And I have guns, out the kazoo. It's just that I don't feel the need to carry them around. In fact, keeping them inaccessible is part of my security plan, since, paradoxically, the guns are by far the most valuable things that someone would want to steal. Not to mention the fact that, in a worst-case situation, they could be used against me.
I'm old enough to know that security is a multifaceted thing, including the lifestyle you choose, the friends you have, and even your financial planning. Focusing on a gun as an all-purpose crutch could lead you to overlook the other, more important things.
So do I, and I did when we were threatened with murder within our house.
QUOTE="AlexanderA, post: 12008330, member: 146007"]And I have guns, out the kazoo...keeping them inaccessible is part of my security plan,[/QUOTE]So, what will you do when the door is breeched?
Protection of property is secondary at best on my priority lost.
Sure. It cannot put out fires, call for help, obtain weather information, be used to treat injuries....
I don't want to pry, but what prompted the threat of murder? These things don't come out of the blue. A certain predicate has to exist. I make it a point to keep from creating enemies, or giving someone an excuse to come after me for whatever reason.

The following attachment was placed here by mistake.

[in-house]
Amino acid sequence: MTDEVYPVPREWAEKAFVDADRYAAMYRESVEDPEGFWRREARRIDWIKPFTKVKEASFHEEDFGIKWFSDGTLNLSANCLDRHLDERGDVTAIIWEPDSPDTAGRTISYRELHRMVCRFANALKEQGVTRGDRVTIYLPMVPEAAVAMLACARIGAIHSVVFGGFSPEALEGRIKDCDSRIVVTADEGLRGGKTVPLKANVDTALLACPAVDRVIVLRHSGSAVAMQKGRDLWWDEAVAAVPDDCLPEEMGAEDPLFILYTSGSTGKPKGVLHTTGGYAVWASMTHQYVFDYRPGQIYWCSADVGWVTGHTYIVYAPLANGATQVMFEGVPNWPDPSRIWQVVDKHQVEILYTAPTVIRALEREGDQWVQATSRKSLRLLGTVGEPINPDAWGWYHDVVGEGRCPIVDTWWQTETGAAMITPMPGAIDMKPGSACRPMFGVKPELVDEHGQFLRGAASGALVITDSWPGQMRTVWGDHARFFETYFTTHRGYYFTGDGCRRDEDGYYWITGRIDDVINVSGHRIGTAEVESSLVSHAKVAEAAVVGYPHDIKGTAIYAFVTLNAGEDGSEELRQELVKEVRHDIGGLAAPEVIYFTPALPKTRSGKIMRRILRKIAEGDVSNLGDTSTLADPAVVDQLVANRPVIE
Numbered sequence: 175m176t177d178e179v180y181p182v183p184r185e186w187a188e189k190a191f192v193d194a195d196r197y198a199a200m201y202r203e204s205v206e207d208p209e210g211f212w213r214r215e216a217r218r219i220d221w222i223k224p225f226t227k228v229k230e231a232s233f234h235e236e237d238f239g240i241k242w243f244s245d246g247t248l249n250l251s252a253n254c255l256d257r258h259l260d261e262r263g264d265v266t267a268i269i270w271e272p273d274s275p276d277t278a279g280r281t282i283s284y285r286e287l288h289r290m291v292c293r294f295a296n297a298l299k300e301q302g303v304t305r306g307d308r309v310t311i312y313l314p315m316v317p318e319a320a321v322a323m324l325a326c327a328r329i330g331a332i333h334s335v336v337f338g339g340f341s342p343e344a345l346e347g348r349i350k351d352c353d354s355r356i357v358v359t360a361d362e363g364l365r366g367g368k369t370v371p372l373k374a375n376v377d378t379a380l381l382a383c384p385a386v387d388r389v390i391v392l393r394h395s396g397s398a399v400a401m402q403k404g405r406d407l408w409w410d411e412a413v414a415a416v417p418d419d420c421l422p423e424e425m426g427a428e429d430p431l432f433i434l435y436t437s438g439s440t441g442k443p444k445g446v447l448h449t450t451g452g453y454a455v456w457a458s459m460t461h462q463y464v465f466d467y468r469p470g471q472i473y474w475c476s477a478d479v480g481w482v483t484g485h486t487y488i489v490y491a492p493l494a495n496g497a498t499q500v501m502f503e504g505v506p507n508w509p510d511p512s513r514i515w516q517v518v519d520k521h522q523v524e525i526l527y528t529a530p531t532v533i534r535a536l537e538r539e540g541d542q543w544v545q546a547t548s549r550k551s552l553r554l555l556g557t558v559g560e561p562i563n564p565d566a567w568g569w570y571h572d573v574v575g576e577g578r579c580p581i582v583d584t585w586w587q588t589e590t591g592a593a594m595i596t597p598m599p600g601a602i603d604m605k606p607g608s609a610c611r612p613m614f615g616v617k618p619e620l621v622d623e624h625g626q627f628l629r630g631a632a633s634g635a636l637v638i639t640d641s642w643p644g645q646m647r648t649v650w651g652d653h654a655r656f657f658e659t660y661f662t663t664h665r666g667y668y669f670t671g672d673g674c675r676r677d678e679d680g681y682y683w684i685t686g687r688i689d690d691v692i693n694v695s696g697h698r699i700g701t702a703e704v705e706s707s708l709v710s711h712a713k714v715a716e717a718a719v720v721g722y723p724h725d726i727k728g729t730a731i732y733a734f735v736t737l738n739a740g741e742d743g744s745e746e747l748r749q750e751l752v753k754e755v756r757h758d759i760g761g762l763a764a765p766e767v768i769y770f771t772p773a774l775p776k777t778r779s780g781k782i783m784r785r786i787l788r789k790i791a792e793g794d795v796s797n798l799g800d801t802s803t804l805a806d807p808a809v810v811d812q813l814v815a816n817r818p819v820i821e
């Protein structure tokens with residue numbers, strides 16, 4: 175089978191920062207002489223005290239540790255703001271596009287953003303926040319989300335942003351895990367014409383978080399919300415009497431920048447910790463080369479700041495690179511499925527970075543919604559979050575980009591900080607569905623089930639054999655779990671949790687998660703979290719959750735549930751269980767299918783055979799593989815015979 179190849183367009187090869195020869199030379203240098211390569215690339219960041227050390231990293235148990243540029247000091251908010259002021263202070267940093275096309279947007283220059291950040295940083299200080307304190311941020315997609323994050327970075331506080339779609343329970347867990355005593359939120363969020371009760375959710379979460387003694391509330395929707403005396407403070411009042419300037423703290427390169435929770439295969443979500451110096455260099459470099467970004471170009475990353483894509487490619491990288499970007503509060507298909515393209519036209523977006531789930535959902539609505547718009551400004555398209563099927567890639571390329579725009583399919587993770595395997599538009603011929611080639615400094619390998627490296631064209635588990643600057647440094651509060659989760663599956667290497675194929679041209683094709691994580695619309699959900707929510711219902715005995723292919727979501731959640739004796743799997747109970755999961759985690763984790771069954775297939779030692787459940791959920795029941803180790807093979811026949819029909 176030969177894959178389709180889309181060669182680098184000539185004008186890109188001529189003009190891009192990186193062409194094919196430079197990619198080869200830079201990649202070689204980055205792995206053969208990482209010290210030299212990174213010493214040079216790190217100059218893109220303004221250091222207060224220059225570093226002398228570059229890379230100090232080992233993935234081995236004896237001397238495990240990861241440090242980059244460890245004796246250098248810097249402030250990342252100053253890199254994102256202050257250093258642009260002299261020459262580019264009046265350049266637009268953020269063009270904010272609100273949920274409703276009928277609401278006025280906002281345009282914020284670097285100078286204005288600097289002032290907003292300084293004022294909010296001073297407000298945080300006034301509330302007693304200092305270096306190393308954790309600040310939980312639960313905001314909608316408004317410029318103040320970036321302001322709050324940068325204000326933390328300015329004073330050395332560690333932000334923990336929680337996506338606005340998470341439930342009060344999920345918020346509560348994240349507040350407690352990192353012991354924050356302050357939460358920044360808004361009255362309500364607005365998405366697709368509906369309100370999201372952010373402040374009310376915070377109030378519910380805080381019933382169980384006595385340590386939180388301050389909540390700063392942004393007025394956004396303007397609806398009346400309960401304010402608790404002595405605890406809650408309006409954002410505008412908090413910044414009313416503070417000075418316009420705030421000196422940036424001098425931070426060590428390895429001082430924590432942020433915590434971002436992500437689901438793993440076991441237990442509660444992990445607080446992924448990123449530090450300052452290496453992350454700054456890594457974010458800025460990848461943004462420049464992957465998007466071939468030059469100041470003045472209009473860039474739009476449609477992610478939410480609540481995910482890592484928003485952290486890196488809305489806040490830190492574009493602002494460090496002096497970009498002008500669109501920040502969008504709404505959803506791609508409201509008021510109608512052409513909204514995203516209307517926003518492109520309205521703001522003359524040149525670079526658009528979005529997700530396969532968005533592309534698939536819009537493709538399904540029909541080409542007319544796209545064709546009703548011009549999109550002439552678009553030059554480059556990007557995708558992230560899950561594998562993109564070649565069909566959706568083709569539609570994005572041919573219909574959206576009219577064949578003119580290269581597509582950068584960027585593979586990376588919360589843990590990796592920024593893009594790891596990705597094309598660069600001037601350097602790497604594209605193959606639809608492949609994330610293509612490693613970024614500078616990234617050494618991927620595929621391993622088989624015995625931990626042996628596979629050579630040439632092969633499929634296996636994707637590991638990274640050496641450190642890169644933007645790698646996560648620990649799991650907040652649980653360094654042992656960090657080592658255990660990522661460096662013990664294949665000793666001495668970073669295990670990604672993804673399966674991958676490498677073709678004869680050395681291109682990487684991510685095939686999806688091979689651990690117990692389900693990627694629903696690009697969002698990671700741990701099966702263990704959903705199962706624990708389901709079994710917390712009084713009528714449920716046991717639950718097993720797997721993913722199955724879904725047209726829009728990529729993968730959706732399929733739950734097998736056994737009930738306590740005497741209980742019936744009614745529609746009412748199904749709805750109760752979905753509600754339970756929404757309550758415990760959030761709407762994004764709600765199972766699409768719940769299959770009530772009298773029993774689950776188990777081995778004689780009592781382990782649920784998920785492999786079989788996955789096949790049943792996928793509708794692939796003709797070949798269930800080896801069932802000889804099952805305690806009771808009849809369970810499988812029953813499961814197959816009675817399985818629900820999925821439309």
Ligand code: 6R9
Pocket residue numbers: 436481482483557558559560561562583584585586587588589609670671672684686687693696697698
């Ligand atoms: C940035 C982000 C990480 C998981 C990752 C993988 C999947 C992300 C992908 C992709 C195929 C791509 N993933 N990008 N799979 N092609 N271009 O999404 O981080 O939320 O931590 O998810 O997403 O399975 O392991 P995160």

I've taken great pains to harden my perimeter. At the very least this will give me time to retrieve a gun and then call the police. My worry is what happens when I'm not home.
When it comes to battering down doors, I think that's more likely to be done by the police themselves (by mistake) than by wrongdoers. What criminal is going to break down a door knowing that the occupants are inside (given that a high percentage of people are armed)? That's why it's wise to be known by the local police as a "good guy."
What happens when, in spite of all this, the police start to break down your door at 3:00 a.m., and, roused from sleep, you pull out a gun to defend yourself? It's not going to end well.
This one did.
Or so you hope.
I've had three such persons enter tumultuously and with force, when there were cars in the driveway.
What good might that do?
It's up to you.
Good grief. What kind of neighborhood are you living in?
I have to say this is not a typical occurrence. It's totally outside my realm of experience, and I've been around -- not on a sheltered island by any means -- for 76 years. In my one major experience as a victim of crime, a gun wouldn't have been relevant anyway (swarmed by a gang of 5 or 6 pickpockets on the Athens, Greece, subway). (I grudgingly respect these pickpockets for being true artistes at what they did. But undoubtedly they're going to burn in Hell.)
A very, very good one when that happened.
You can say that again.
anyone, did not "create enemies", lived in a "good neighborhood", and still faced dire circumstances that came "out of the blue."
Dr. William Petit.
He, his wife Jennifer Hawke-Petit, and their two daughters, 17-year-old Hayley Petit and 11-year-old Michaela Petit, paid dearly, the latter three with their lives.
Neither did she, but some of us try to be better prepared just in case trouble shows up, no matter how unlikely that is.
Separate names with a comma.